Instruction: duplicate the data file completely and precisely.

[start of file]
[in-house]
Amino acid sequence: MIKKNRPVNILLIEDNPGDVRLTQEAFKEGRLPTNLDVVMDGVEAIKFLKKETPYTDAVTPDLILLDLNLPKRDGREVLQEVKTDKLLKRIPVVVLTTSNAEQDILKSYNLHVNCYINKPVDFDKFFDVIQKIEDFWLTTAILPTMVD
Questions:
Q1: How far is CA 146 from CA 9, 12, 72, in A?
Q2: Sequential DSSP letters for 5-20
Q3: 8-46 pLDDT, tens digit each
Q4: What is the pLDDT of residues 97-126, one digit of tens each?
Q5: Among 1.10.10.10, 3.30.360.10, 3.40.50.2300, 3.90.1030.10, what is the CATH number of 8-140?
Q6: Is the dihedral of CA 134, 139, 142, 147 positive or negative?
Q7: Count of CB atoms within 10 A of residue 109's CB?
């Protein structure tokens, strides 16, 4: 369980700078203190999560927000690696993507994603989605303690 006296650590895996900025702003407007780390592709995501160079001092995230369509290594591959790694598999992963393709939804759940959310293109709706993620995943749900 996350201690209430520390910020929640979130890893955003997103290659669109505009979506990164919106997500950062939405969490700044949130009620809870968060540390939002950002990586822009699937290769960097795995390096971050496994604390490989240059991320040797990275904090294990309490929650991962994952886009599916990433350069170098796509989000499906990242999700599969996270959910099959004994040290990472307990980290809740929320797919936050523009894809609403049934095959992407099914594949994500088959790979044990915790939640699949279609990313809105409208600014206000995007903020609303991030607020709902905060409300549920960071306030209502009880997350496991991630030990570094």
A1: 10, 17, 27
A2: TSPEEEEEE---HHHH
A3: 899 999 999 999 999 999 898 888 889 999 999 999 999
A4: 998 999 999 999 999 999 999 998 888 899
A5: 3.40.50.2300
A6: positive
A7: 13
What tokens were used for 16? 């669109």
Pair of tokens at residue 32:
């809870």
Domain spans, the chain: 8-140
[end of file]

[in-house]
Amino acid sequence: MIKKNRPVNILLIEDNPGDVRLTQEAFKEGRLPTNLDVVMDGVEAIKFLKKETPYTDAVTPDLILLDLNLPKRDGREVLQEVKTDKLLKRIPVVVLTTSNAEQDILKSYNLHVNCYINKPVDFDKFFDVIQKIEDFWLTTAILPTMVD
Questions:
Q1: How far is CA 146 from CA 9, 12, 72, in A?
Q2: Sequential DSSP letters for 5-20
Q3: 8-46 pLDDT, tens digit each
Q4: What is the pLDDT of residues 97-126, one digit of tens each?
Q5: Among 1.10.10.10, 3.30.360.10, 3.40.50.2300, 3.90.1030.10, what is the CATH number of 8-140?
Q6: Is the dihedral of CA 134, 139, 142, 147 positive or negative?
Q7: Count of CB atoms within 10 A of residue 109's CB?
């Protein structure tokens, strides 16, 4: 369980700078203190999560927000690696993507994603989605303690 006296650590895996900025702003407007780390592709995501160079001092995230369509290594591959790694598999992963393709939804759940959310293109709706993620995943749900 996350201690209430520390910020929640979130890893955003997103290659669109505009979506990164919106997500950062939405969490700044949130009620809870968060540390939002950002990586822009699937290769960097795995390096971050496994604390490989240059991320040797990275904090294990309490929650991962994952886009599916990433350069170098796509989000499906990242999700599969996270959910099959004994040290990472307990980290809740929320797919936050523009894809609403049934095959992407099914594949994500088959790979044990915790939640699949279609990313809105409208600014206000995007903020609303991030607020709902905060409300549920960071306030209502009880997350496991991630030990570094």
A1: 10, 17, 27
A2: TSPEEEEEE---HHHH
A3: 899 999 999 999 999 999 898 888 889 999 999 999 999
A4: 998 999 999 999 999 999 999 998 888 899
A5: 3.40.50.2300
A6: positive
A7: 13
What tokens were used for 16? 């669109």
Pair of tokens at residue 32:
């809870």
Domain spans, the chain: 8-140